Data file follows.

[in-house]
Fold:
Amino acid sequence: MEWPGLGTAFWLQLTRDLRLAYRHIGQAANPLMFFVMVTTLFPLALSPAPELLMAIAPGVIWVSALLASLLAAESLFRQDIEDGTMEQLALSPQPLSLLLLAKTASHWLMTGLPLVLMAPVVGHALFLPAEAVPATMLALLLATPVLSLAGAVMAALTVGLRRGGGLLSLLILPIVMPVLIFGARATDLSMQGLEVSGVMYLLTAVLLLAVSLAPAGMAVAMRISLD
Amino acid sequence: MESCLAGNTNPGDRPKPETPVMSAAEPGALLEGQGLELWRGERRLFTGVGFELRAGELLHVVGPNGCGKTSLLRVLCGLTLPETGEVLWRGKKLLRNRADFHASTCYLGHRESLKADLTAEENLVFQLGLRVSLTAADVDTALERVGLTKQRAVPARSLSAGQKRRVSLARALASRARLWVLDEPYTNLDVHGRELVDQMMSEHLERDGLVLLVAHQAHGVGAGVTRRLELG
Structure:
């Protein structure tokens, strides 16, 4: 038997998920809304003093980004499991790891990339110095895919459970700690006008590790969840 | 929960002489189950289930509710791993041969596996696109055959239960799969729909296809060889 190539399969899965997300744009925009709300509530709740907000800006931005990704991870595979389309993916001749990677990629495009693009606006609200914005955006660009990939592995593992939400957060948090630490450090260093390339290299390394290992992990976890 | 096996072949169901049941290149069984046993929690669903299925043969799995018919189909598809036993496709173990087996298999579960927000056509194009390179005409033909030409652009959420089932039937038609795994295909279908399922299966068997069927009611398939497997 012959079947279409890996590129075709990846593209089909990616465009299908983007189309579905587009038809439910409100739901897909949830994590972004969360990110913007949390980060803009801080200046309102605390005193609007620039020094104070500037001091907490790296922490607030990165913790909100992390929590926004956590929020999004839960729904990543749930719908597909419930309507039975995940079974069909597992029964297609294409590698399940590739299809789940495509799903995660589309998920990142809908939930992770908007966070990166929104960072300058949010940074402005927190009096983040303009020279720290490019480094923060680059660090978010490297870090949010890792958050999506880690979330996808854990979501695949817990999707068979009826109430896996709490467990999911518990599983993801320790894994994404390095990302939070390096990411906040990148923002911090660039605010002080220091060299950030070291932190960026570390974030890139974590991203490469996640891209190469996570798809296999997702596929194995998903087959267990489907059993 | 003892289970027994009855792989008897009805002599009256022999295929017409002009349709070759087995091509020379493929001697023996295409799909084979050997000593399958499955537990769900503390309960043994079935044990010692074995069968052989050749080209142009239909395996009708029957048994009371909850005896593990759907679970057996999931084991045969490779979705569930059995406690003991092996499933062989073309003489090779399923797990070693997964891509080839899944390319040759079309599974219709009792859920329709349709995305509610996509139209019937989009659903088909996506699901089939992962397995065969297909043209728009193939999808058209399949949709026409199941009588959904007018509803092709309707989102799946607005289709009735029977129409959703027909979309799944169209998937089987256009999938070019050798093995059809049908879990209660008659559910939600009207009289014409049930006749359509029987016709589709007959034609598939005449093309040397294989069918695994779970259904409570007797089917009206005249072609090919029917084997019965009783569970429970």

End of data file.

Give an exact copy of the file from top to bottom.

[in-house]
Fold:
Amino acid sequence: MEWPGLGTAFWLQLTRDLRLAYRHIGQAANPLMFFVMVTTLFPLALSPAPELLMAIAPGVIWVSALLASLLAAESLFRQDIEDGTMEQLALSPQPLSLLLLAKTASHWLMTGLPLVLMAPVVGHALFLPAEAVPATMLALLLATPVLSLAGAVMAALTVGLRRGGGLLSLLILPIVMPVLIFGARATDLSMQGLEVSGVMYLLTAVLLLAVSLAPAGMAVAMRISLD
Amino acid sequence: MESCLAGNTNPGDRPKPETPVMSAAEPGALLEGQGLELWRGERRLFTGVGFELRAGELLHVVGPNGCGKTSLLRVLCGLTLPETGEVLWRGKKLLRNRADFHASTCYLGHRESLKADLTAEENLVFQLGLRVSLTAADVDTALERVGLTKQRAVPARSLSAGQKRRVSLARALASRARLWVLDEPYTNLDVHGRELVDQMMSEHLERDGLVLLVAHQAHGVGAGVTRRLELG
Structure:
């Protein structure tokens, strides 16, 4: 038997998920809304003093980004499991790891990339110095895919459970700690006008590790969840 | 929960002489189950289930509710791993041969596996696109055959239960799969729909296809060889 190539399969899965997300744009925009709300509530709740907000800006931005990704991870595979389309993916001749990677990629495009693009606006609200914005955006660009990939592995593992939400957060948090630490450090260093390339290299390394290992992990976890 | 096996072949169901049941290149069984046993929690669903299925043969799995018919189909598809036993496709173990087996298999579960927000056509194009390179005409033909030409652009959420089932039937038609795994295909279908399922299966068997069927009611398939497997 012959079947279409890996590129075709990846593209089909990616465009299908983007189309579905587009038809439910409100739901897909949830994590972004969360990110913007949390980060803009801080200046309102605390005193609007620039020094104070500037001091907490790296922490607030990165913790909100992390929590926004956590929020999004839960729904990543749930719908597909419930309507039975995940079974069909597992029964297609294409590698399940590739299809789940495509799903995660589309998920990142809908939930992770908007966070990166929104960072300058949010940074402005927190009096983040303009020279720290490019480094923060680059660090978010490297870090949010890792958050999506880690979330996808854990979501695949817990999707068979009826109430896996709490467990999911518990599983993801320790894994994404390095990302939070390096990411906040990148923002911090660039605010002080220091060299950030070291932190960026570390974030890139974590991203490469996640891209190469996570798809296999997702596929194995998903087959267990489907059993 | 003892289970027994009855792989008897009805002599009256022999295929017409002009349709070759087995091509020379493929001697023996295409799909084979050997000593399958499955537990769900503390309960043994079935044990010692074995069968052989050749080209142009239909395996009708029957048994009371909850005896593990759907679970057996999931084991045969490779979705569930059995406690003991092996499933062989073309003489090779399923797990070693997964891509080839899944390319040759079309599974219709009792859920329709349709995305509610996509139209019937989009659903088909996506699901089939992962397995065969297909043209728009193939999808058209399949949709026409199941009588959904007018509803092709309707989102799946607005289709009735029977129409959703027909979309799944169209998937089987256009999938070019050798093995059809049908879990209660008659559910939600009207009289014409049930006749359509029987016709589709007959034609598939005449093309040397294989069918695994779970259904409570007797089917009206005249072609090919029917084997019965009783569970429970």